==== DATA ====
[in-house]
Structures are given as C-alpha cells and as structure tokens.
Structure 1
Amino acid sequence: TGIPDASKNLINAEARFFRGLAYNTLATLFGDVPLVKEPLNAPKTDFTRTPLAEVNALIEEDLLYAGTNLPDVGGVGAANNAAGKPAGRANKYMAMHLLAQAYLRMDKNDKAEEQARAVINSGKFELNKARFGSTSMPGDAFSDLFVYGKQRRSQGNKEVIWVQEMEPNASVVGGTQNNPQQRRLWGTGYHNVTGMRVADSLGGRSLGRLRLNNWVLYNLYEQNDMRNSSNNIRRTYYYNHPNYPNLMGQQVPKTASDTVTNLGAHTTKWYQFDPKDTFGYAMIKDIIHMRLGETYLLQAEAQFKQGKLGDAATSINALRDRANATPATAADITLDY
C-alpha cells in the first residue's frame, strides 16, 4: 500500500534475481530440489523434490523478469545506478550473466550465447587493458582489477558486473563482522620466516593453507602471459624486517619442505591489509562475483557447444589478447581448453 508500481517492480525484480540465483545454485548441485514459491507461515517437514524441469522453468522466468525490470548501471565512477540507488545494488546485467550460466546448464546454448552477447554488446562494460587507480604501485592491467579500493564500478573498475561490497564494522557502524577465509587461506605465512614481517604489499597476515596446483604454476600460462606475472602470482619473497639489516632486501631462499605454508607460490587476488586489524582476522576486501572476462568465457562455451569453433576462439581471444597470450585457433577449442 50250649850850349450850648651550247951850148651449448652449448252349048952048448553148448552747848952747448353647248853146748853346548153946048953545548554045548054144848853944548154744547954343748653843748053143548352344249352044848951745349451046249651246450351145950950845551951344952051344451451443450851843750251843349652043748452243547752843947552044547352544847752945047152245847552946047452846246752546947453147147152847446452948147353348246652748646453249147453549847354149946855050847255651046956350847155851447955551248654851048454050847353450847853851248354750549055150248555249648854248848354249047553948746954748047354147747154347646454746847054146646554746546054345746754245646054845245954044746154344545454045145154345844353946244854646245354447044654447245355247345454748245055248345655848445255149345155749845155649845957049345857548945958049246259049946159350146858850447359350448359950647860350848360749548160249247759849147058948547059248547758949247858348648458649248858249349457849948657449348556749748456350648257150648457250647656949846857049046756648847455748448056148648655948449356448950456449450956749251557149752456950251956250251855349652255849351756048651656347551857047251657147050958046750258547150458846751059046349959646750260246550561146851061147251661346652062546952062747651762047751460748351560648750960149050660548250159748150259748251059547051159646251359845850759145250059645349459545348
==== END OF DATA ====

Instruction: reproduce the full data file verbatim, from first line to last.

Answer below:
[in-house]
Structures are given as C-alpha cells and as structure tokens.
Structure 1
Amino acid sequence: TGIPDASKNLINAEARFFRGLAYNTLATLFGDVPLVKEPLNAPKTDFTRTPLAEVNALIEEDLLYAGTNLPDVGGVGAANNAAGKPAGRANKYMAMHLLAQAYLRMDKNDKAEEQARAVINSGKFELNKARFGSTSMPGDAFSDLFVYGKQRRSQGNKEVIWVQEMEPNASVVGGTQNNPQQRRLWGTGYHNVTGMRVADSLGGRSLGRLRLNNWVLYNLYEQNDMRNSSNNIRRTYYYNHPNYPNLMGQQVPKTASDTVTNLGAHTTKWYQFDPKDTFGYAMIKDIIHMRLGETYLLQAEAQFKQGKLGDAATSINALRDRANATPATAADITLDY
C-alpha cells in the first residue's frame, strides 16, 4: 500500500534475481530440489523434490523478469545506478550473466550465447587493458582489477558486473563482522620466516593453507602471459624486517619442505591489509562475483557447444589478447581448453 508500481517492480525484480540465483545454485548441485514459491507461515517437514524441469522453468522466468525490470548501471565512477540507488545494488546485467550460466546448464546454448552477447554488446562494460587507480604501485592491467579500493564500478573498475561490497564494522557502524577465509587461506605465512614481517604489499597476515596446483604454476600460462606475472602470482619473497639489516632486501631462499605454508607460490587476488586489524582476522576486501572476462568465457562455451569453433576462439581471444597470450585457433577449442 50250649850850349450850648651550247951850148651449448652449448252349048952048448553148448552747848952747448353647248853146748853346548153946048953545548554045548054144848853944548154744547954343748653843748053143548352344249352044848951745349451046249651246450351145950950845551951344952051344451451443450851843750251843349652043748452243547752843947552044547352544847752945047152245847552946047452846246752546947453147147152847446452948147353348246652748646453249147453549847354149946855050847255651046956350847155851447955551248654851048454050847353450847853851248354750549055150248555249648854248848354249047553948746954748047354147747154347646454746847054146646554746546054345746754245646054845245954044746154344545454045145154345844353946244854646245354447044654447245355247345454748245055248345655848445255149345155749845155649845957049345857548945958049246259049946159350146858850447359350448359950647860350848360749548160249247759849147058948547059248547758949247858348648458649248858249349457849948657449348556749748456350648257150648457250647656949846857049046756648847455748448056148648655948449356448950456449450956749251557149752456950251956250251855349652255849351756048651656347551857047251657147050958046750258547150458846751059046349959646750260246550561146851061147251661346652062546952062747651762047751460748351560648750960149050660548250159748150259748251059547051159646251359845850759145250059645349459545348